The disease threat being targeted here is specifically Crypto.

1) Tell everyone to get out of the pool area.

2) Scoop the poop out, never vacuum it out.

3) Dispose of poop according to your local authorities. Most likely have to bag it and put into the regular trash.

4) Place your poop scooping equipment (pooper scooper) into the water to sanitize just like the water—last thing you want to do is to contaminate the pool again later OR contaminate another pool on your route When chlorine stabilizer (cyanuric acid or conditioner) is NOT present in the water: 5) Raise the free chlorine level using un-stabilized chlorine (i.e.: sodium hypochlorite) to 20 ppm or higher. Keep the free chlorine ppm at that level for 12.75 hours with pH level of 7.5 or lower. Lower pH gives better activity of the chlorine to kill organisms.

Raise the free chlorine level using un-stabilized chlorine (i.e.: sodium hypochlorite) to 20 ppm or higher.

Keep the free chlorine at that level for 12.75 hours with pH level of 7.5 or lower. Lower pH gives better activity of the chlorine to kill organisms.

When chlorine stabilizer (cyanuric acid or conditioner) IS present in the water at levels of 1-15 ppm: 5) Raise the chlorine level using un-stabilized chlorine (i.e.: sodium hypochlorite) to: a. Raise free chlorine level to 20 ppm and keep it there for 28 hours OR b. Raise free chlorine level to 30 ppm and keep it there for 18 hours OR c. Raise free chlorine level to 40 ppm and keep it there for 8.5 hours Keep pH at 7.5 or lower. Lower pH gives better activity of the chlorine to kill organisms.

When chlorine stabilizer (cyanuric acid or conditioner) IS present in the water at levels above 15 ppm: 5) Lower concentration of the cyanuric acid to 15 ppm or below by draining partially and adding fresh water without cyanuric acid before completing the remaining steps.

6) Confirm that the filtration system was operating while the pool

water reaches and is maintained at proper free chlorine and pH for disinfection.

7) Backwash and clean filter to waste, being careful with cartridge filter to not breath in water droplets.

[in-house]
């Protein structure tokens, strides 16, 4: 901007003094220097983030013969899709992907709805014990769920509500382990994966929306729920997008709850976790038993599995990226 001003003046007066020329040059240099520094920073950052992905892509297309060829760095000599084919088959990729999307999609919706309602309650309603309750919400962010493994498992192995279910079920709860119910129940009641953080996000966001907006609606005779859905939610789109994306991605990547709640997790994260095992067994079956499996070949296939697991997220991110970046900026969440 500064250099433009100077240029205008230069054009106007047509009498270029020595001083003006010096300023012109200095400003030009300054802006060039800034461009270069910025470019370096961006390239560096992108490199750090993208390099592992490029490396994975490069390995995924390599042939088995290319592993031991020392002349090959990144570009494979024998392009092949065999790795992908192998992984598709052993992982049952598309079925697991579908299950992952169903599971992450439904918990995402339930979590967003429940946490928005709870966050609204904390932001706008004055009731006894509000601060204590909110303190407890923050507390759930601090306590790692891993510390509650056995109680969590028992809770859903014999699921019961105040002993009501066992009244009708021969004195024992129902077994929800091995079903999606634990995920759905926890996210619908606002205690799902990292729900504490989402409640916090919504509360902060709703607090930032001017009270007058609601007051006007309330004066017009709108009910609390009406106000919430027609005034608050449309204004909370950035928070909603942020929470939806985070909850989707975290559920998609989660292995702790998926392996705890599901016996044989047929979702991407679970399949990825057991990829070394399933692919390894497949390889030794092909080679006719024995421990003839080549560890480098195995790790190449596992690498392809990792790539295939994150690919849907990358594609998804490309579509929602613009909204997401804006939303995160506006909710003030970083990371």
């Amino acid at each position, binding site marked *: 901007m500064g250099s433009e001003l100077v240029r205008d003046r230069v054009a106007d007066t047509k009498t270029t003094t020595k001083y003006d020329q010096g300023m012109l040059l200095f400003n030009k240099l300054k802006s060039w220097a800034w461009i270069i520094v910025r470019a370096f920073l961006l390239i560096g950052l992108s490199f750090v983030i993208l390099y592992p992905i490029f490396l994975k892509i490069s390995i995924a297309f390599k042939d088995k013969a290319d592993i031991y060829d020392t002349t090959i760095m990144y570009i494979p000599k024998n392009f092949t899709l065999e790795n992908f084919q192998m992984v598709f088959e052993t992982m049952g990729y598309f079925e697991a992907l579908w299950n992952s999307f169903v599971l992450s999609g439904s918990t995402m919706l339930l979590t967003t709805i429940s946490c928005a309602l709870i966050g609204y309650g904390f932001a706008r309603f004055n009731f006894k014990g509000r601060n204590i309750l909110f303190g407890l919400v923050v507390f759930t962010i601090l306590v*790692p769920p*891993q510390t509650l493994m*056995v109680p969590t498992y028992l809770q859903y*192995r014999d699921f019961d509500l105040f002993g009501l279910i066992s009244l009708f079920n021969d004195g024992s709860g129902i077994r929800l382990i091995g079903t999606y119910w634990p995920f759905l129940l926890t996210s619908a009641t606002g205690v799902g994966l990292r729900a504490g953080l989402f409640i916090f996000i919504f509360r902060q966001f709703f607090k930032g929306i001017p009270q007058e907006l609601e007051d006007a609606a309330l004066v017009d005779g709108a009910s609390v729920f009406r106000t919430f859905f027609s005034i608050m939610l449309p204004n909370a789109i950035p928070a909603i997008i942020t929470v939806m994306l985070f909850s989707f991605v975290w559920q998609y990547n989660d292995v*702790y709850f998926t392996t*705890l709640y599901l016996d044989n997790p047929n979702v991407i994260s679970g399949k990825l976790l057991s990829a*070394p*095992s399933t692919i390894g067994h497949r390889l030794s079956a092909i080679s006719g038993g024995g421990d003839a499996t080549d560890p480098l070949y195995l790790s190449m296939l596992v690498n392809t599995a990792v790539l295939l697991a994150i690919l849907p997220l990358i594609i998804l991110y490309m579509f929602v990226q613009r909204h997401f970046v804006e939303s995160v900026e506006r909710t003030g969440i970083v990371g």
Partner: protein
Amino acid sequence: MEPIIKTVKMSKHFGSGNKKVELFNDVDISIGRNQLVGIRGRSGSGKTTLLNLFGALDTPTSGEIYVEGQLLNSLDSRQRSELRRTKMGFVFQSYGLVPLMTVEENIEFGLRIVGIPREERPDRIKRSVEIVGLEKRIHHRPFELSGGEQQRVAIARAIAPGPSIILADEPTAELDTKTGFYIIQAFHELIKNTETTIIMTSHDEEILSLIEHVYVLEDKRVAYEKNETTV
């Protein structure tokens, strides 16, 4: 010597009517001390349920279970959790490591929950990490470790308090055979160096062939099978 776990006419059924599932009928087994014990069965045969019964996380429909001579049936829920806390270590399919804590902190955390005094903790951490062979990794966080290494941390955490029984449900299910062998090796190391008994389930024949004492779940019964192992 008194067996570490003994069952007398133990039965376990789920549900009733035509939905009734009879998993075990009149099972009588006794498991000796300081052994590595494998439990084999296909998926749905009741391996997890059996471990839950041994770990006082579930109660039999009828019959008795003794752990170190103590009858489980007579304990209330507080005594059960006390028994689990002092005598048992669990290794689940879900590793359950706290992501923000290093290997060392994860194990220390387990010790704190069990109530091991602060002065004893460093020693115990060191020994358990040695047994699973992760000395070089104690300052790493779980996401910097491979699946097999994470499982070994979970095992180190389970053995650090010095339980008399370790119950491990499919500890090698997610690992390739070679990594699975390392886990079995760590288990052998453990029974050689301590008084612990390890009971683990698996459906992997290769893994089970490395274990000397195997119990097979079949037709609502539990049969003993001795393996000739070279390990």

It is recommended that you wear mask.

8) Lower chlorine level to allowable ranges by local health authority.

9) Once steps above are completed, the pool tech can reopen the pool to normal operations if free chlorine level meets local health authority requirements.

Are hot tubs/spas, water playgrounds and splash pads treated differently than pools?

These aquatic venues can have much smaller amounts of water. Pool techs should completely drain as much water as possible from the venue and its associated plumbing. This step should be followed by scrubbing and cleaning of all accessible surfaces of the venue in contact with the contaminated water. Next, the pool tech should replace or clean the filter media when needed and then refill the venue with new uncontaminated water from an approved water source.

Should all poop accidents be treated the same?

No. As stated earlier, diarrheal accidents are a higher risk event than a formed stool poop in the pool water. Thus, these two different poop incidents must be treated differently based on scientific data.

Should a pool tech treat a formed poop accident like it has Crypto in it?

No. in 1999, the CDC had conducted tests on water samples collected from about 300 aquatic venues across the country.

The findings were 4.4% of the samples collected had Giardia in them, but no samples contained Crypto.

These findings helped the CDC determine that formed poop accidents pose a very small risk to spread Crypto but has potential to spread Giardia.

What about residential pools with fecal accidents?

Residential backyard pools can also be a source of recreational water illnesses. Yes, it is true that public pools will have bigger potential for a larger outbreak. Thus, pool techs should treat residential backyard pools the same as any public pool on their service route. All pools deserve the same proper maintenance for health and safety!

What are the fecal accident requirements in Florida?

Chapter 64E-9.004(11), Florida Administrative Code requires that pool techs follow the CDC “Fecal Accident Response Recommendations for Aquatics Staff” for all human fecal “poop” accidents.